from the Criminal Court for Shelby County No. 01-11060,
02-09113 Paula L. Skahan, Judge
se Appellant, Jasper L. Vick, appeals the Shelby County
Criminal Court's dismissal of his motion to correct an
illegal sentence. The State has filed a motion requesting
that this Court affirm the lower court's denial of relief
pursuant to Rule 20 of the Rules of the Court of Criminal
Appeals. Because the Appellant has failed to establish that
his sentence is illegal, we conclude that the State's
motion is well-taken. Accordingly, we affirm the summary
dismissal of the motion.
R. App. P. 3 Appeal as of Right; Judgment of the Criminal
Court Affirmed Pursuant to Rule 20 of the Rules of the Court
of Criminal Appeals
L. Vick, Clifton, Tennessee, pro se.
Herbert H. Slatery III, Attorney General and Reporter; Renee
W. Turner, Senior Assistant Attorney General; Amy P. Weirich,
District Attorney General; and Leslie Byrd, Assistant
District Attorney General, for the appellee, State of
E. Glenn, J., delivered the opinion of the court, in which
Camille R. McMullen and J. Ross Dyer, JJ., joined.
E. GLENN, JUDGE
Appellant was convicted of one count of especially aggravated
kidnapping, two counts of aggravated kidnapping, and one
count of sexual battery and was sentenced as a Range II,
multiple offender to an effective forty-year sentence.
State v. Jasper L. Vick, No. W2005-00467-CCA-R3-CD,
2006 WL 722173, at *1 (Tenn. Crim. App. Mar. 22, 2006). On
direct appeal, his convictions were affirmed, but this Court
remanded to the trial court to determine whether the elements
of his conviction in another state constituted a Class C
felony in Tennessee. Id. at *11.
remand, the trial court again sentenced the Appellant as a
Range II offender, and the Appellant appealed. This Court
determined that the Appellant should have been sentenced as a
Range I offender. State v. Vick, 242 S.W.3d 792, 796
(Tenn. Crim. App. 2007). On remand, he received a total
effective twenty-six year sentence. The Appellant sought
post-conviction relief but was unsuccessful. See Jasper
Lee Vick v. State, No. W2012-01477-CCA-R3-PC, 2013 WL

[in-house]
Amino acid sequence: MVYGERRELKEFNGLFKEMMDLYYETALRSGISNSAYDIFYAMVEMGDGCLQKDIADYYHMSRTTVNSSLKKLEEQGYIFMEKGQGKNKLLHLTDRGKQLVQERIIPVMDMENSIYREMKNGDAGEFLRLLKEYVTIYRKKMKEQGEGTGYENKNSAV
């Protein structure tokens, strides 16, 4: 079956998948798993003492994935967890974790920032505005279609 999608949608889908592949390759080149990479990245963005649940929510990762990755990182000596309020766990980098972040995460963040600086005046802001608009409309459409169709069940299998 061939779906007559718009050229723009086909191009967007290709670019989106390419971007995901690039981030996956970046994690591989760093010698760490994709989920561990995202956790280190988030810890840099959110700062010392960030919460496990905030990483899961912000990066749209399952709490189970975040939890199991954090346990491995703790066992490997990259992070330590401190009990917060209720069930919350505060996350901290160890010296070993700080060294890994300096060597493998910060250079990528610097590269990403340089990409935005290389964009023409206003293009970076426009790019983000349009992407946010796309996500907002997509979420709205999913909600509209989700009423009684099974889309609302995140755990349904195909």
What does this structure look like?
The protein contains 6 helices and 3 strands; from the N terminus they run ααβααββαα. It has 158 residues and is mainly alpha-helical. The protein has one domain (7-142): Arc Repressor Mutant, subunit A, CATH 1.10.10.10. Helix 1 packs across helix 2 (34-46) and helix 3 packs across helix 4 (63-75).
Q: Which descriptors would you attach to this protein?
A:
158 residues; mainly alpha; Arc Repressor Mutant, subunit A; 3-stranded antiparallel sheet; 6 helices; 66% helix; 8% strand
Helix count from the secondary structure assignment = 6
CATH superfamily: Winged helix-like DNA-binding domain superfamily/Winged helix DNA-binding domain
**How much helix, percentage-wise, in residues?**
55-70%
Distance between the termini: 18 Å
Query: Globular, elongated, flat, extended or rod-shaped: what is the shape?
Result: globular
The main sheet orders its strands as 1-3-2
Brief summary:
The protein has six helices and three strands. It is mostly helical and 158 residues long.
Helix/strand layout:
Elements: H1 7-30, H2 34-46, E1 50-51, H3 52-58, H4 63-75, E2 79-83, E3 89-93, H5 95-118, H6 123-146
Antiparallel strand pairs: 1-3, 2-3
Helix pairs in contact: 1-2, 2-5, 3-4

2446280 (Tenn. Crim. App. June 4, 2013).
August 15, 2017, the Appellant filed a pro se motion to
correct an illegal sentence pursuant to Tennessee Rule of
Criminal Procedure 36.1, contending that his sentences were
illegal because his indictments were not signed by the court
clerk. The trial court denied his motion, and this Court
affirmed. State v. Jasper Vick, No.
W2017-02164-CCA-R3-CD, 2018 WL 2406011, at *2 (Tenn. Crim.
App. May 2, 2018). The Appellant then filed a second motion
to correct an illegal sentence, arguing that he did not
receive his applicable jail credits. That motion was denied
and this Court again affirmed. State v. Jasper Lee
Vick, No. W2018-00823-CCA-R3-CD, 2019 WL 328417, at *2
(Tenn. Crim. App. Jan. 23, 2019).
Appellant thereafter filed a third Rule 36.1 motion in the
trial court, asserting that his sentences were illegal.
Although the motion is file-stamped, the date is not legible.
The motion contains the same arguments presented in his
previously denied motion. The State responded to the motion,
asserting the claims presented were previously determined.
The trial court agreed and entered an order denying relief on
August 9, 2018. In particular, the court found that "the
[m]otion now pending before the court is the same [m]otion
previously ruled on by Division 8 of the Shelby County
Criminal Court and affirmed by the appellate court."
response to the State's motion to affirm pursuant to Rule
20, the Appellant references a "second" motion to
correct an illegal sentence but does not indicate the date
the second motion was allegedly filed. He attached the
"second" motion to a pleading filed in this Court,
but it is not file stamped and there is no indication it was
ever filed in the trial court. Indeed, as noted above, both
the State and the trial court noted that the pending motion
was identical to the previously determined August 15, 2017
motion. The Appellant acknowledges that the
"second" motion was not included in the appellate
record, and he faults the State for failing to include the
second motion. However, it is incumbent upon the appealing
party to compile a record that accurately conveys what
happened in the trial court with respect to the issues
presented on appeal. Tenn. R. App. P. 24(b). Despite being
aware of this alleged deficiency at the time he received and
reviewed the record, the Appellant took no action to
supplement the record. See Tenn. R. App. P. 24(e).
Although pro se litigants are afforded more leniency than
attorneys, they must comply with the same substantive and
procedural rules as represented parties. See State v.
James John Lewis, No. M2011-00302-CCA-R3-CD, 2011 WL
5573244, at *2 (Tenn. Crim. App. Nov. 15, 2011). Ultimately,
there is no evidence that the "second" motion was
ever filed or ruled upon by the trial court, and the motion
included in the record advances the same arguments that this
Court previously rejected; thus, the Appellant is not
entitled to relief. See Jasper Vick, 2018 WL
2406011, at *2.
opinion would have no precedential value, the Court of
Criminal Appeals may affirm the judgment or action of the
trial court by memorandum opinion when the judgment is
rendered or the action taken in a proceeding without a jury
and such judgment or action is not a determination of guilt
and the evidence does not preponderate against the finding of
the trial judge. See Tenn. Ct. Crim. App. R. 20. We
conclude that this case satisfies the criteria of Rule 20.
Accordingly, it is ordered that the ...